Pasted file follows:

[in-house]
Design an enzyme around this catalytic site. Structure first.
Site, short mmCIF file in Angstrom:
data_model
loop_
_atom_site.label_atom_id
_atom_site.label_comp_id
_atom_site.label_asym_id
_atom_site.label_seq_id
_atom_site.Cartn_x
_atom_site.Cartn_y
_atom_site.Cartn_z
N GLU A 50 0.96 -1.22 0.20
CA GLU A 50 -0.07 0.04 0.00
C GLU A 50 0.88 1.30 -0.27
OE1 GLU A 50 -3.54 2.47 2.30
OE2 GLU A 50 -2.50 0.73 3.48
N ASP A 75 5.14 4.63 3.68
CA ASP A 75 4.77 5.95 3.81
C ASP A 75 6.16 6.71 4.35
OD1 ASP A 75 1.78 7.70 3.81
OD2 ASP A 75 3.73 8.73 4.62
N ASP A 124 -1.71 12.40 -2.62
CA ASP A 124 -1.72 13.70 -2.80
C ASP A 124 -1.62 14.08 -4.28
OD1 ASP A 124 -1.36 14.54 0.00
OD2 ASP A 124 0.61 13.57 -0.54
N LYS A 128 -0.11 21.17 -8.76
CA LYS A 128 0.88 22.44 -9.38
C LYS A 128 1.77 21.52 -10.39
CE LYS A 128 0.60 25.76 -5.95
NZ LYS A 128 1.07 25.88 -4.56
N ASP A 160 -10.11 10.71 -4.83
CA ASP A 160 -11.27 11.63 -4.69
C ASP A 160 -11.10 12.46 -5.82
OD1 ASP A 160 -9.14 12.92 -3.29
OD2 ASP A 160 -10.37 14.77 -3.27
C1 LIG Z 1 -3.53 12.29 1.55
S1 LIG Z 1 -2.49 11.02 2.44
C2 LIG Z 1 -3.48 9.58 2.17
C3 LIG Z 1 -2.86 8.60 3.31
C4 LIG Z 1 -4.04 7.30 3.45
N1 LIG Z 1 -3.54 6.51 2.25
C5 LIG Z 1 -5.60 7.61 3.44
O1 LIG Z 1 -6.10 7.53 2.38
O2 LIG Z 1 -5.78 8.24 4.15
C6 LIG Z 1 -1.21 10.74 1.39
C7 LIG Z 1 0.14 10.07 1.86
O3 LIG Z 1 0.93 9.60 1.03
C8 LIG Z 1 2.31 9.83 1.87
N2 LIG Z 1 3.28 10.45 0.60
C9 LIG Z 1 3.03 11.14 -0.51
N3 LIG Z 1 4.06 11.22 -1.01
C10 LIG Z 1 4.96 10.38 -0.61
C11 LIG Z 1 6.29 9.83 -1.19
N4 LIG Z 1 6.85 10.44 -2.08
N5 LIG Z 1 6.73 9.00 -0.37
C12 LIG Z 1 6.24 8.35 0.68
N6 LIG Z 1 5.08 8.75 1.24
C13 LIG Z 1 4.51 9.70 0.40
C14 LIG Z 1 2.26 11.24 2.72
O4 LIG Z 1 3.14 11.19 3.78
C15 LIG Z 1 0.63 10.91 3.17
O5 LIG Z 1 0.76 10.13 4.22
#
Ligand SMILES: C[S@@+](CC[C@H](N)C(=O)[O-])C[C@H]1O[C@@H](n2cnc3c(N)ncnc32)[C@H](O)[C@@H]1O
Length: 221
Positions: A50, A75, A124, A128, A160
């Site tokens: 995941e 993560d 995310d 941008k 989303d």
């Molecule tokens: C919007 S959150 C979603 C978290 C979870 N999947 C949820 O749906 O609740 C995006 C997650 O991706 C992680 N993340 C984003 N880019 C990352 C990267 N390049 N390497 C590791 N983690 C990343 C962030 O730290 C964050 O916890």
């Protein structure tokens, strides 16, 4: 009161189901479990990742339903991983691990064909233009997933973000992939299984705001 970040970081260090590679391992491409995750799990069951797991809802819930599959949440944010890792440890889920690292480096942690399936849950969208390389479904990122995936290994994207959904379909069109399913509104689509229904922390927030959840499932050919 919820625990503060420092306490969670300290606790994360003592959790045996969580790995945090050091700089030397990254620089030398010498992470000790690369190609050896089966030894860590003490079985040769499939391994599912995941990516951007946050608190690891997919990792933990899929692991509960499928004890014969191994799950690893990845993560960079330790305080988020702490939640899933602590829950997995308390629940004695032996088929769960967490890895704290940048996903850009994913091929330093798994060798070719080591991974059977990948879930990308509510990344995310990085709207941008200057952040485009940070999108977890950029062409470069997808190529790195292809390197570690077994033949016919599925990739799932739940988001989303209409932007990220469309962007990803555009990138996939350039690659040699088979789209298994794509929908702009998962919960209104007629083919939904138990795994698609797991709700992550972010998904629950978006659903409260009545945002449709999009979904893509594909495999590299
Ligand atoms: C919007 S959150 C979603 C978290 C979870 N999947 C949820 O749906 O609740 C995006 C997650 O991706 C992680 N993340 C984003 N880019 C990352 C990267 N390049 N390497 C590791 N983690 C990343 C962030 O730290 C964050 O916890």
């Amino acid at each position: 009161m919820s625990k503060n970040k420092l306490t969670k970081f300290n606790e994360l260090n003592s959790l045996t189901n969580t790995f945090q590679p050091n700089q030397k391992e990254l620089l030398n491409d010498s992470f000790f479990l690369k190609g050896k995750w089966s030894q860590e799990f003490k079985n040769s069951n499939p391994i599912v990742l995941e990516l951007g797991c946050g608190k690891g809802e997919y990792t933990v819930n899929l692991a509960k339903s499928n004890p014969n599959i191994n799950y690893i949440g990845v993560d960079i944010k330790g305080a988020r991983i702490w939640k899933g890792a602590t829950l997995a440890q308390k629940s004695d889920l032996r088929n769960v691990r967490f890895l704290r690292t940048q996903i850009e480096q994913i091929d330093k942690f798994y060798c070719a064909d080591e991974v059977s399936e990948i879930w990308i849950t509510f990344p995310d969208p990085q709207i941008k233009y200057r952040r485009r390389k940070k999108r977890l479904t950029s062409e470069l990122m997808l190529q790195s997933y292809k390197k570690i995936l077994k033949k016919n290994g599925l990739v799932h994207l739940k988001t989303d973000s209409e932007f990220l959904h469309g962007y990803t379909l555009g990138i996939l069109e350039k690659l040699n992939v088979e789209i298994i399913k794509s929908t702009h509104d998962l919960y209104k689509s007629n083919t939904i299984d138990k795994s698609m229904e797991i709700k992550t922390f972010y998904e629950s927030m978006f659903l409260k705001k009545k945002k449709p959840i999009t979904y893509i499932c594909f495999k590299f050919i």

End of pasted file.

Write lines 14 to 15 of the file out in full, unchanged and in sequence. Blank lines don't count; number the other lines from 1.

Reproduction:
CA GLU A 50 -0.07 0.04 0.00
C GLU A 50 0.88 1.30 -0.27